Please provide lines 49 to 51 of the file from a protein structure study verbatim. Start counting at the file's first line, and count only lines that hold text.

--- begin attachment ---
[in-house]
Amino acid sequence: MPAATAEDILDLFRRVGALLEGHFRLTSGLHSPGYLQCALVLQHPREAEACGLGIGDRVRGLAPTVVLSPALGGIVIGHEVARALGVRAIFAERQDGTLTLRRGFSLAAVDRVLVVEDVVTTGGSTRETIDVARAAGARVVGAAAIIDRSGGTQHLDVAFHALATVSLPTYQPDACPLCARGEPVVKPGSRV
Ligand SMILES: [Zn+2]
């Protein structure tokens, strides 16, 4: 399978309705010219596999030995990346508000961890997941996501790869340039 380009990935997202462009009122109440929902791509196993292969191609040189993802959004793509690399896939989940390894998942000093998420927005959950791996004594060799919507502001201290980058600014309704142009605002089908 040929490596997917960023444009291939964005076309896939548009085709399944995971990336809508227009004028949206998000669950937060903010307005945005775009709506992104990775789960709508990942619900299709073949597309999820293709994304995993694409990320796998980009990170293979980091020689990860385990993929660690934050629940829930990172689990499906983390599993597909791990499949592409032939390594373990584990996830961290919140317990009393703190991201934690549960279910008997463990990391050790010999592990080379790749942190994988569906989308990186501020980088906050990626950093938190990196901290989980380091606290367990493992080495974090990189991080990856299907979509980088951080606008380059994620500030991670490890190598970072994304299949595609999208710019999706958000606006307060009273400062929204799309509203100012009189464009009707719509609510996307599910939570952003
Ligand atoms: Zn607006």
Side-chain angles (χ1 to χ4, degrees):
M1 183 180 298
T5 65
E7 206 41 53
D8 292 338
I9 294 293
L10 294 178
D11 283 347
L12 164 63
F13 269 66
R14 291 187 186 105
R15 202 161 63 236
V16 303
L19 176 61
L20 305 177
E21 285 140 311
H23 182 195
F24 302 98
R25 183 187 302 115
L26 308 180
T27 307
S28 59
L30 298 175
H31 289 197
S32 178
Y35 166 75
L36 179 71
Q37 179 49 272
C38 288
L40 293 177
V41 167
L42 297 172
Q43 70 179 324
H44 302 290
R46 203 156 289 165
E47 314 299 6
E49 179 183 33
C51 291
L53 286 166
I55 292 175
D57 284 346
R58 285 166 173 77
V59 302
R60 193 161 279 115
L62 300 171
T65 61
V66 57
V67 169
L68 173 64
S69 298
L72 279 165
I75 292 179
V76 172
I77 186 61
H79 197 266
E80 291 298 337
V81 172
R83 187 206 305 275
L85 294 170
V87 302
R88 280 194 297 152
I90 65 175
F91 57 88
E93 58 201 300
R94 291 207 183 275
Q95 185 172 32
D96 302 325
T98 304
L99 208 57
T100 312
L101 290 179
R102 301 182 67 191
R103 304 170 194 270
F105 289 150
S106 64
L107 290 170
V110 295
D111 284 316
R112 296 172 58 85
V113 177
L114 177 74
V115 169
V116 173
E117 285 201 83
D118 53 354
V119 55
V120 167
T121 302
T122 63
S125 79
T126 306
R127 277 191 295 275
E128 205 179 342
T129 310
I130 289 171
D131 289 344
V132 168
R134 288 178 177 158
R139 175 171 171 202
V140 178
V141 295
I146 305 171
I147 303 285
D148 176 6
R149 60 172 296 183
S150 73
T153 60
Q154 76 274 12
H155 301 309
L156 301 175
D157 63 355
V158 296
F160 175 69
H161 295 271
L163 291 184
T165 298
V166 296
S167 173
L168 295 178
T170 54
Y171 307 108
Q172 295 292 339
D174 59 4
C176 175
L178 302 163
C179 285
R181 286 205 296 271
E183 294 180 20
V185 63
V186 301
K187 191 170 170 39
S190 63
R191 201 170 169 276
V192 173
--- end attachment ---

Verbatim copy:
R60 193 161 279 115
L62 300 171
T65 61